In order to observe the spatial mode distribution of the heralded idler photon with the ICCD camera, we need to convert the positive-voltage TTL output electronic pulse generated for each detection event at the SPAD into the negative-voltage NIM electronic pulse which the gate generator in the camera accepts. To do so, each SPAD pulse is processed by a sequence of NIM modules which discriminates incoming pulses, controls their width, and introduces an electronic delay of up to 32ns (with 0.5ns resolution), in order to ensure the overlap of the detection gate at the ICCD and the arrival time of the idler photon. The temporal width of the generated NIM pulse defines the coincidence window of the detection system, which in our case is set to 10ns. With this configuration, and by fine tuning the electronic delay in the NIM module, it is possible to make a direct measurement of the conditionally-prepared LG mode of the idler photon, as shown in Fig. 9.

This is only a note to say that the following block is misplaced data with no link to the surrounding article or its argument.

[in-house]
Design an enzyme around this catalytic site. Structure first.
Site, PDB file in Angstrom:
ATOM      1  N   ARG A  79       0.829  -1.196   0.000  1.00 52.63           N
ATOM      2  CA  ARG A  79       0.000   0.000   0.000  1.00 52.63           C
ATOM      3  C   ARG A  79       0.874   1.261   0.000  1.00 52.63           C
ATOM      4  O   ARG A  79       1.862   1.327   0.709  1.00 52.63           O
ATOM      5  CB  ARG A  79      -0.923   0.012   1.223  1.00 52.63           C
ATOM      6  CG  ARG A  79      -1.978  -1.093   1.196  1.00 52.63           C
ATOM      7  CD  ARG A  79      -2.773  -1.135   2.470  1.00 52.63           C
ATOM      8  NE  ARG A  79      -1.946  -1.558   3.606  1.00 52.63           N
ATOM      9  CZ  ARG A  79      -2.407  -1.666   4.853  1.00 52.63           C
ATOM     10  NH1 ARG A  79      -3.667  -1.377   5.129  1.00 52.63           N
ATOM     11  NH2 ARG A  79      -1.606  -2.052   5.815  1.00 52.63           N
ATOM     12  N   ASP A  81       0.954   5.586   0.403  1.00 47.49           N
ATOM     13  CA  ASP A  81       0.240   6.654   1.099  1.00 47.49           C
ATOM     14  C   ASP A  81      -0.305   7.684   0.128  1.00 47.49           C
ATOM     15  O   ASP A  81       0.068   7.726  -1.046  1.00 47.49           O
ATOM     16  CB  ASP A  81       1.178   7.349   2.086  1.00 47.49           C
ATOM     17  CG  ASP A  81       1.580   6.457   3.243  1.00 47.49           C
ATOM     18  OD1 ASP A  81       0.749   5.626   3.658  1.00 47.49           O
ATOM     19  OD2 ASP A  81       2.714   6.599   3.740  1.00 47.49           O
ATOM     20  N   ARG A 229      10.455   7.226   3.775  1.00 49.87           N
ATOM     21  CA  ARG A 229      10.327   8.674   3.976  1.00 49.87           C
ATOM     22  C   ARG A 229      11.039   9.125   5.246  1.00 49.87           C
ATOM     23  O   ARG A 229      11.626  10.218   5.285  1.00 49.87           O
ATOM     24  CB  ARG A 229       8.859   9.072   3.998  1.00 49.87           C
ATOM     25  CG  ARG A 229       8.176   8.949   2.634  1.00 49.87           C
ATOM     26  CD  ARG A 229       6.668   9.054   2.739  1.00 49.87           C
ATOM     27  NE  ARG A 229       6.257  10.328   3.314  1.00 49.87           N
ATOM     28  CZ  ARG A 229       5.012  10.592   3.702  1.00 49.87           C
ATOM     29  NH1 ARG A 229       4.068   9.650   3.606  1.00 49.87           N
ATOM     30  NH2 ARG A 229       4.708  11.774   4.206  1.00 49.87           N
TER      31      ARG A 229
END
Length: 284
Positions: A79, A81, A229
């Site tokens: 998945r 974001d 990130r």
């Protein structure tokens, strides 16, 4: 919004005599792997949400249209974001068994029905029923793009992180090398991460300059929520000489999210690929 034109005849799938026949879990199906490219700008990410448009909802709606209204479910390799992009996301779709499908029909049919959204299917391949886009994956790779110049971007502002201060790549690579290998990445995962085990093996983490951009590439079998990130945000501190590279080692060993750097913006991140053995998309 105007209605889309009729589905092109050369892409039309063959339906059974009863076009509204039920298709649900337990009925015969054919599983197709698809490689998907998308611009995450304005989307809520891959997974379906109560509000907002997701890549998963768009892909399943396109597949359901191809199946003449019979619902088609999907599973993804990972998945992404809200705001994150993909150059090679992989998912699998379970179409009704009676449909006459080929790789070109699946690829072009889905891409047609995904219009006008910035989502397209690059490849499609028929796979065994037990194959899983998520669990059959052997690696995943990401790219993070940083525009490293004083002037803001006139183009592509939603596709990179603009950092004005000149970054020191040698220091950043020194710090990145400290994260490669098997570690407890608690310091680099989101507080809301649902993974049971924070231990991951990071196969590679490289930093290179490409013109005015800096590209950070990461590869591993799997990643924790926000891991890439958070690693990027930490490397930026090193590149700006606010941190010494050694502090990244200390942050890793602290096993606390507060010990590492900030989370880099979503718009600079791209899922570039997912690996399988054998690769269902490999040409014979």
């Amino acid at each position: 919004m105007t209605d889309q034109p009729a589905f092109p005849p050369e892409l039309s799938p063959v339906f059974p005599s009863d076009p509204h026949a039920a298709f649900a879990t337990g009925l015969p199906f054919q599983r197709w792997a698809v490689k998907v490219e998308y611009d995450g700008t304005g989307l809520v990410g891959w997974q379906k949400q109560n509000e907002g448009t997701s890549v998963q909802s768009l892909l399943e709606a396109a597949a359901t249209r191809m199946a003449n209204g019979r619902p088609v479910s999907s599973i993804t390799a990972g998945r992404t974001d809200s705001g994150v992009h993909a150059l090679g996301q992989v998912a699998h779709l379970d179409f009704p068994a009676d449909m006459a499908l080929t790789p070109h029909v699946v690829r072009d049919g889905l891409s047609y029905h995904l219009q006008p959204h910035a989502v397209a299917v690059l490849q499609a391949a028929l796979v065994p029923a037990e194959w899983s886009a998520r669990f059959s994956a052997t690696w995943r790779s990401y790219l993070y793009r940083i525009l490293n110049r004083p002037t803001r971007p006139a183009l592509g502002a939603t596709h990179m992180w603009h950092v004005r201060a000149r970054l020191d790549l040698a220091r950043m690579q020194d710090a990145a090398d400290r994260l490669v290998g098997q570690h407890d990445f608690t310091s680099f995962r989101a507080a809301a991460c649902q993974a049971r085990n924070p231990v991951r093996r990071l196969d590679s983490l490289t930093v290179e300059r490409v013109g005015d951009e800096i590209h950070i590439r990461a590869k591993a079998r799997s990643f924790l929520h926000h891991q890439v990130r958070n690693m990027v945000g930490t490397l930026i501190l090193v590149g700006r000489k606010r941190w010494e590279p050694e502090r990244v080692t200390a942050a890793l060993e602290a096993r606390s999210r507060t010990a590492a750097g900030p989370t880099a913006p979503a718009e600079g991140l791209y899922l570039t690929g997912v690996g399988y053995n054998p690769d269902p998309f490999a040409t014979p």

Appendix B: complete set of measurements for the heralded idler photon
Appendix C: method to align the equilateral triangular aperture
As the transverse positioning of the TA is critical, in order to align it we use the setup shown in Fig. 12, where a 1× magnification 4f telescope (L9 with f9 = 100mm and L10 with f10 = 100mm) maps the TA plane to the ICCD camera plane IP3. Then, the TA is carefully displaced with a 100nm resolution two-dimensional motor until centered on the mode singularity. When this is achieved, L10 is removed and the ICCD is moved forward to the Fourier plane of L9 (FP2) to observe the far-field diffraction patterns presented in Fig. 7.
CONACYT, Mexico (293471, 293694, Fronteras de la Ciencia 1667); PAPIIT (UNAM) (IN104418); and AFOSR (FA9550-16-1-1458).
We acknowledge support from CONAYCT, Mexico, PAPIIT (UNAM), and AFOSR.